Easter's empty tomb is a call to conversion. By this tomb, we should know for certain that God has made Jesus both Lord and Messiah, as Peter preaches in today's First Reading. He is the "Lord," the divine Son that David foresaw at God's right hand (see Psalms 110:1,3; 132:10-11; Acts 2:34).
And He is the Messiah that God had promised to shepherd the scattered flock of the house of Israel (see Ezekiel 34:11-14, 23; 37:24). As we hear in today's Gospel, Jesus is that Good Shepherd, sent to a people who were like sheep without a shepherd (see Mark 6:34; Numbers 27:16-17). He calls not only to the children of Israel, but to all those far off from Him - to whomever the Lord wishes to hear His voice. The call of the Good Shepherd leads to the restful waters of Baptism, to the anointing oil of Confirmation, and to the table and overflowing cup of the Eucharist, as we sing in today's Psalm.READ MORE
We should put ourselves in the shoes of the disciples in today's Gospel. Downcast and confused they're making their way down the road, unable to understand all the things that have occurred.
They know what they've seen - a prophet mighty in word and deed. They know what they were hoping for - that He would be the redeemer of Israel. But they don't know what to make of His violent death at the hands of their rulers.READ MORE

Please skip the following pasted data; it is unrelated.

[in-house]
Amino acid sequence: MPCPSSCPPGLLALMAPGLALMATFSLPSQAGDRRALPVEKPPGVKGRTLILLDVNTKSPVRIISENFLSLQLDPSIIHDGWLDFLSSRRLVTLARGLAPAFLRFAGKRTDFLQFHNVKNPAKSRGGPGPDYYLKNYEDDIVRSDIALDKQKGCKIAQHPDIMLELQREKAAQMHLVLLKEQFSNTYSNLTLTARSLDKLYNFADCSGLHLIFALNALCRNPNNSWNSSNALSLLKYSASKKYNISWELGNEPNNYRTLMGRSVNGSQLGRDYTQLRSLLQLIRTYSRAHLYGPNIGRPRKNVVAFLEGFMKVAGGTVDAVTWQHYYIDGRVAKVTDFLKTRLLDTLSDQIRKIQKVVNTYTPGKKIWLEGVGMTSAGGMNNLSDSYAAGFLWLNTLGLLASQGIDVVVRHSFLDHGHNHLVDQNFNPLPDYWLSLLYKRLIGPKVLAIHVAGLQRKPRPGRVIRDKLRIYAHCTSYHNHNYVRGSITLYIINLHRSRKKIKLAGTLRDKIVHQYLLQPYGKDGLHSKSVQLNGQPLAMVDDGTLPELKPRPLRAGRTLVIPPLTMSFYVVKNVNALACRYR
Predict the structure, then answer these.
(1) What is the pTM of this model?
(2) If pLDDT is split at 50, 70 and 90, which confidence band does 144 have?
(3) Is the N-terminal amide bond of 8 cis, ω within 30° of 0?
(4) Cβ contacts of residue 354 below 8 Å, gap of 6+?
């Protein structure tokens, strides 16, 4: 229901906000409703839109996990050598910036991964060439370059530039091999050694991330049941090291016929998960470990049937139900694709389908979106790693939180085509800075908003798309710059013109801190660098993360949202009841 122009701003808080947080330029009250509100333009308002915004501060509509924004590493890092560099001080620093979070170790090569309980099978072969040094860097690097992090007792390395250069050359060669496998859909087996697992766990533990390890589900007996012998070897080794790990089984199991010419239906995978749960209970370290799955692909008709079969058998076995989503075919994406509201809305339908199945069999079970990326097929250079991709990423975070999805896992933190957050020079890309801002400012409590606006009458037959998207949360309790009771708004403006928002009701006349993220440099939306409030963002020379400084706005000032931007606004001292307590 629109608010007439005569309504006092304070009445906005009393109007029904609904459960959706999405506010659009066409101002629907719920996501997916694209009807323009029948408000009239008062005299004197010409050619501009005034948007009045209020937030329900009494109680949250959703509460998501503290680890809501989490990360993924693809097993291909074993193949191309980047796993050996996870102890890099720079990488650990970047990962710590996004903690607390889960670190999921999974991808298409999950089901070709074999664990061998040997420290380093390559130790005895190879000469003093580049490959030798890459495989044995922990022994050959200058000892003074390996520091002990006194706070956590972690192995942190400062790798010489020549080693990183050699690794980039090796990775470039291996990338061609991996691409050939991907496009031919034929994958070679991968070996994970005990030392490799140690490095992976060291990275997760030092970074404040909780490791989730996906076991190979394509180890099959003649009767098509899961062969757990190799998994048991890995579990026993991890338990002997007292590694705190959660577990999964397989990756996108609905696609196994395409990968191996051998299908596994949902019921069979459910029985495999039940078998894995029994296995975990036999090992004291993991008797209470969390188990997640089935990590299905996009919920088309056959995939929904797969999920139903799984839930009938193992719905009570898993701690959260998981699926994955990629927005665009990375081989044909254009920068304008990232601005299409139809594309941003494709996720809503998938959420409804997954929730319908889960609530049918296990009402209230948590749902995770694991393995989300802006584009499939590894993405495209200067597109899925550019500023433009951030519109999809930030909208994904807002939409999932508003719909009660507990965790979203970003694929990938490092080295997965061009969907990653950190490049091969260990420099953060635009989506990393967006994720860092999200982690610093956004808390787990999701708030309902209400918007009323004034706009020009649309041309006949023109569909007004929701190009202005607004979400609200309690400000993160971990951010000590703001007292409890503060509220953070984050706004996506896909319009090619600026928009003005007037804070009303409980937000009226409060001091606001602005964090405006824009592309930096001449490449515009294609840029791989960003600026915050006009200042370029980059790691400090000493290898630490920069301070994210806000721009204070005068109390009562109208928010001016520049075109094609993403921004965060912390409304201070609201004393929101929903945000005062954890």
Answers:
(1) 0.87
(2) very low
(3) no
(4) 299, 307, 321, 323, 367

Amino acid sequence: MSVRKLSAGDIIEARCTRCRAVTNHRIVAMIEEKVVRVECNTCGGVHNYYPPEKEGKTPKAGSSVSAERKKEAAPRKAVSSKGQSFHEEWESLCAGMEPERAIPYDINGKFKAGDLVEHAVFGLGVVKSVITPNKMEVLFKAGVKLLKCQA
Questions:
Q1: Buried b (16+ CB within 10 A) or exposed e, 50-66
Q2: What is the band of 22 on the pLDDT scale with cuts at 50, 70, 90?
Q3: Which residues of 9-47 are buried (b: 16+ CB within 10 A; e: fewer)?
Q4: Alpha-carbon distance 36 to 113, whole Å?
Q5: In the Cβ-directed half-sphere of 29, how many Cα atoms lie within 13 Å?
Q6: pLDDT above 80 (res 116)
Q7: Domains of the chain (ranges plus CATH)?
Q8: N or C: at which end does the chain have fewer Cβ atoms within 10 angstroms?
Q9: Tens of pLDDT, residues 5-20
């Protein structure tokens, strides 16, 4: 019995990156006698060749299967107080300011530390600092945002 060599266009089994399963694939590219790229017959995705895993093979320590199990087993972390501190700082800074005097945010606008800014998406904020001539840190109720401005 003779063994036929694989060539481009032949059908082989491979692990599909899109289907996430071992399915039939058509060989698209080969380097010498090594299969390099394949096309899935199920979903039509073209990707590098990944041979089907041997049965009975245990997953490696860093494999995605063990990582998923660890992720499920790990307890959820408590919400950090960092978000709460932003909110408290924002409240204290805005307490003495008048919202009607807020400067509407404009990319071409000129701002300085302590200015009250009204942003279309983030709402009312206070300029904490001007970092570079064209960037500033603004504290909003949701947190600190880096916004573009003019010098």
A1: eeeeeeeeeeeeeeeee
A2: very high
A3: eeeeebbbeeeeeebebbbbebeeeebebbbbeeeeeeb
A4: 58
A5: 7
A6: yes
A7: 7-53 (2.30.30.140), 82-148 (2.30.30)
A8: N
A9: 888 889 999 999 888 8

We are children of Jesus' Resurrection from the dead. Through this wondrous sign of His great mercy, the Father of Jesus has given us new birth, as we hear in today's Epistle.
Today's First Reading sketches the "family life" of our first ancestors in the household of God (see 1 Peter 4:17). We see them doing what we still do - devoting themselves to the Apostles' teaching, meeting daily to pray and celebrate "the breaking of the bread."READ MORE
Jesus is nowhere visible. Yet, today’s Gospel tells us that Peter and John “saw and believed.” What did they see? Burial shrouds lying on the floor of an empty tomb. Maybe that convinced them that He hadn’t been carted off by grave robbers, who usually stole the expensive burial linens and left the corpses behind.
But notice the repetition of the word “tomb”—seven times in nine verses. They saw the empty tomb and they believed what He had promised: that God would raise Him on the third day.READ MORE
"All this has come to pass that the writings of the prophets may be fulfilled," Jesus says in today's Gospel (see Matthew 26:56).
Indeed, we have reached the climax of the liturgical year, the highest peak of salvation history, when all that has been anticipated and promised is to be fulfilled.
By the close of today's long Gospel, the work of our redemption will have been accomplished, the new covenant will be written in the blood of His broken body hanging on the cross at the place called the Skull.READ MORE